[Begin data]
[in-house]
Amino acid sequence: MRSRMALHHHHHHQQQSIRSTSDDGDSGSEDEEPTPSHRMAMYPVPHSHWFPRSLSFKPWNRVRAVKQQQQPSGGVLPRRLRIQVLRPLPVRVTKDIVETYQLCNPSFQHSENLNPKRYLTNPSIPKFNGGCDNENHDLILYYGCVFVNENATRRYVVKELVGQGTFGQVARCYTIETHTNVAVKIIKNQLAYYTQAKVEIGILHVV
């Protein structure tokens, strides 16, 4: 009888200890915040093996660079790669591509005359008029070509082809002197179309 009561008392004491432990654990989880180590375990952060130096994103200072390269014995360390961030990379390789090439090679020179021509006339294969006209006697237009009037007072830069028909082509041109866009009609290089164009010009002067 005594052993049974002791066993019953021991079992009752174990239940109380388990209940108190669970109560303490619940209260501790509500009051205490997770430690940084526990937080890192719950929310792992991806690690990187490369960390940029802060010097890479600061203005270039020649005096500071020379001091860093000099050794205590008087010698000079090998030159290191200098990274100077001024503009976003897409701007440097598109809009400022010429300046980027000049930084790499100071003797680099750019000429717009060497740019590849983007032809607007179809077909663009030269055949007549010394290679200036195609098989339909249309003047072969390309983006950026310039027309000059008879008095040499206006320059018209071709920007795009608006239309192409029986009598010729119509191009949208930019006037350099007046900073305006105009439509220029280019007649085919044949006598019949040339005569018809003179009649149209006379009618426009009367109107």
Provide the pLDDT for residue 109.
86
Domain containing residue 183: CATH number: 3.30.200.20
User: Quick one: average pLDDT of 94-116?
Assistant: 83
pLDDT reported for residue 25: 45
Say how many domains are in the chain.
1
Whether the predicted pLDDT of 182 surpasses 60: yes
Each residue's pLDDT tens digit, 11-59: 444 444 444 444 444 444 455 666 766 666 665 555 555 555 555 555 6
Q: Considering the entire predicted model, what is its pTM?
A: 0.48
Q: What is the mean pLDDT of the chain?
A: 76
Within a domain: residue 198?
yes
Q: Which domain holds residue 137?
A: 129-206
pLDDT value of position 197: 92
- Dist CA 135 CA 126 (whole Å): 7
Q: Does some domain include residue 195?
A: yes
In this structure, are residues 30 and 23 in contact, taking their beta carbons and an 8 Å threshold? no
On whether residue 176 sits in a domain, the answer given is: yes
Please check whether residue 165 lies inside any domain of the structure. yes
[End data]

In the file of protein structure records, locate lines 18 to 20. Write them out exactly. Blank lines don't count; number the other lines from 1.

Within a domain: residue 198?
yes
Q: Which domain holds residue 137?